I have not felt my baby kick – I am 23 weeks?

You probably waited weeks to feel that precious moment when your baby first fluttered enough so that you could sense him or her in your womb. Now, however, you are 23 weeks along and you haven’t felt your baby move for several hours today. Should you be concerned?

There are many factors that can influence your baby’s movement and when you feel those gentle flutters in the second trimester (or toward the end of your first trimester, especially if this is not your first pregnancy). Most often somewhere between 15 and 24 weeks you will notice small flutters that at first might be difficult to distinguish as actual movements. This is known as quickening, and it is usually present by the 20th week. You have probably heard many women describe them as the sensation of butterflies flitting in your abdomen. Sometimes these first movements can also be mistaken for hunger pangs, gas, and general stomach rumblings.

However, if you have been fairly regularly and consistently been feeling your baby move, but have now noticed that it has more than a couple of hours since you last felt movement, you might be worried that there is something wrong.

Tracking Baby’s Movements

By the end of the second trimester most babies are kicking frequently and you will feel stronger movements the closer you get to that 26 week mark. At 23 weeks, if you have been feeling regular, mild to moderate movements, you should pay attention to any changes in those behaviors. This does not, however, mean that anything is necessarily wrong with your baby. There are many reasons why the movement patterns might be changing.

  • Some studies show that in utero, babies move on average about 30 times each hour. This definitely does not mean that moms will feel all of these movements because it accounts for many subtle movements as well.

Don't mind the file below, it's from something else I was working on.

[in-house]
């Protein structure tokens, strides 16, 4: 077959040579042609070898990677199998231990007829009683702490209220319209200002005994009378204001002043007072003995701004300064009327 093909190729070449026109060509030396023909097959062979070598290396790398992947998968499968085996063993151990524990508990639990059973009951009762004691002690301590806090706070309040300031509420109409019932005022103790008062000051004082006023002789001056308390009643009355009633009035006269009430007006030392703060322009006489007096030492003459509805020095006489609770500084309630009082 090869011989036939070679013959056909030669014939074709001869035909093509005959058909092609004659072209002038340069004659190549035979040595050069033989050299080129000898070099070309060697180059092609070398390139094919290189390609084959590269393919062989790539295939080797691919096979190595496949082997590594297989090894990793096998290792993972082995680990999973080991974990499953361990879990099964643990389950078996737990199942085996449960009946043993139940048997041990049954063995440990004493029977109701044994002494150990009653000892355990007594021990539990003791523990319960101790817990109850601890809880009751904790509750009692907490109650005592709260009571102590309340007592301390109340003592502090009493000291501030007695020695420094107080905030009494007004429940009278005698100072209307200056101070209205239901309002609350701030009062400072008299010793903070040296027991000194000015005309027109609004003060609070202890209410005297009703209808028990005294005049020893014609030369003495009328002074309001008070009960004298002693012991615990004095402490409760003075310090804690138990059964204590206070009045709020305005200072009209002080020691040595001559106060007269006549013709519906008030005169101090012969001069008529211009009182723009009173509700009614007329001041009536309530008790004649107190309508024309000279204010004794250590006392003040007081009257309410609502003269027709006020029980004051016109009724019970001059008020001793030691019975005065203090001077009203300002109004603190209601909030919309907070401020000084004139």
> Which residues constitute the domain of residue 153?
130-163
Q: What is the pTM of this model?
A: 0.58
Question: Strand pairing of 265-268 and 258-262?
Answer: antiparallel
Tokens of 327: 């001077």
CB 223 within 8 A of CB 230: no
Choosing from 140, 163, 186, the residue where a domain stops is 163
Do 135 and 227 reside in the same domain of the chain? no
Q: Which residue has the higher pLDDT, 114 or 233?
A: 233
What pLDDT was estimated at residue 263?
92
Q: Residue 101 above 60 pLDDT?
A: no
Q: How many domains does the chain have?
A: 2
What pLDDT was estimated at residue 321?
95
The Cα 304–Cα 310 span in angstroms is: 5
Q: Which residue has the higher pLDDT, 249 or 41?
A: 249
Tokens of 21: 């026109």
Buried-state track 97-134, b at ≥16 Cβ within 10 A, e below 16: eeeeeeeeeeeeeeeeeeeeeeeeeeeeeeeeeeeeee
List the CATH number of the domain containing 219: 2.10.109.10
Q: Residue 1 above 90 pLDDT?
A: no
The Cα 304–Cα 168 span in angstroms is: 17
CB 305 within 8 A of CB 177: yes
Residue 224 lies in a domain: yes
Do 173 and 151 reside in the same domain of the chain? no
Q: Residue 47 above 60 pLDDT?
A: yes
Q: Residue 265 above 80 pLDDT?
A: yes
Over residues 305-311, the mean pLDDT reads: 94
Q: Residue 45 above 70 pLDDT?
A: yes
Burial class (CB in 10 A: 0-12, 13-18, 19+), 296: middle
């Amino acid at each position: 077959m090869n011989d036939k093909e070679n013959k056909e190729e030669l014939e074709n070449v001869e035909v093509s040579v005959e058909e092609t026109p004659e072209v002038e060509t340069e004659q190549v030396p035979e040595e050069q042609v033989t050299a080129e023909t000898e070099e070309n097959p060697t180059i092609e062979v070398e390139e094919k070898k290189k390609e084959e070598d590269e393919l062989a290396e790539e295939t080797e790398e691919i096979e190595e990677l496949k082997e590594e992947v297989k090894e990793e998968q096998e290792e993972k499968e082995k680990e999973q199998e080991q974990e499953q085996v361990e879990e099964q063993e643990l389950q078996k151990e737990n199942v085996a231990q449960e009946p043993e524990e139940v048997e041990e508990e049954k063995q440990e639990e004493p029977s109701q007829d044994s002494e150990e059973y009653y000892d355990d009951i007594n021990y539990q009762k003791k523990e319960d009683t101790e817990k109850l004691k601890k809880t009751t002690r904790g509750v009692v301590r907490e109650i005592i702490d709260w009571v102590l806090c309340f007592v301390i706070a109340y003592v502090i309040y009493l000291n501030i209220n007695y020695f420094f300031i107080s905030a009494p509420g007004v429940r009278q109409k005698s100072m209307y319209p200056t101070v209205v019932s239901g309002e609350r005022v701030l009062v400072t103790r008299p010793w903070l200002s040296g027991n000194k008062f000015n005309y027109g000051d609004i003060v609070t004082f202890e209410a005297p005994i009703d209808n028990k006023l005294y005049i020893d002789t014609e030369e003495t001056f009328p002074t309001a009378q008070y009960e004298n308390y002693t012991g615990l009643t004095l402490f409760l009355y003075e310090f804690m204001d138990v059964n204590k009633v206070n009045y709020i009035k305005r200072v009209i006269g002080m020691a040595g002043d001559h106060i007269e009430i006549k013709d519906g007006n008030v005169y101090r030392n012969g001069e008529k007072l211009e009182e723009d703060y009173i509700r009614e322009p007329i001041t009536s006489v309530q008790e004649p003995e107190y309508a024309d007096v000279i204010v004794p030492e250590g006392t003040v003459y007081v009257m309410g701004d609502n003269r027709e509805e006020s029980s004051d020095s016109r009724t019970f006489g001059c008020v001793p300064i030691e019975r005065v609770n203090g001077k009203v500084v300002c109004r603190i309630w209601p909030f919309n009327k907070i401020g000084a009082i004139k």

• Babies also have periods of alertness and sleep, just like children and adults do. In utero babies respond to the changes in your blood sugar levels and activity, which actually can account for why many babies become more active at night just as you are trying to fall asleep.
  • Babies also respond to stimuli such as sound and touch, and their movements might coincide with stimuli that are introduced into their environment.
  • Keep in mind that babies during the 2nd and 3rd trimesters tend to sleep for approximately 20 to 40 minutes at a time, so this can influence how often you are feeling your baby kick.
  • If your baby is facing toward your spine or you have a condition known as an anterior placenta, where the placenta is resting just behind your belly button, you might not feel kicks on your abdomen as easily.

If you notice that your baby has not moved for several hours, especially during a time period that he or she might typically be jabbing and kicking, begin tracking the time. Start with the time you last noticed movements. Keep in mind, however, that your baby might have been moving but you were too busy to notice or in a position that did not allow for you to feel the sensation as you typically would have.

The American College of Obstetricians and Gynecologists recommend that mothers track their babies’ movements by noting the time it takes for the baby to move 10 times. The average expected rate doctors would expect mothers to feel movement is 10 movements in a two-hour time period.

If after two hours you haven’t noticed any movements, try again later that day when you have changed activity level or have eaten something. Contact your caregiver if after the second two hour monitoring period you haven’t felt any movements, or if over the period of one to two days your baby’s movement is considerably less than typical for what you experience. Your physician will likely have you come in to check your baby’s heart rate, known as a non-stress test, and discuss your concerns.






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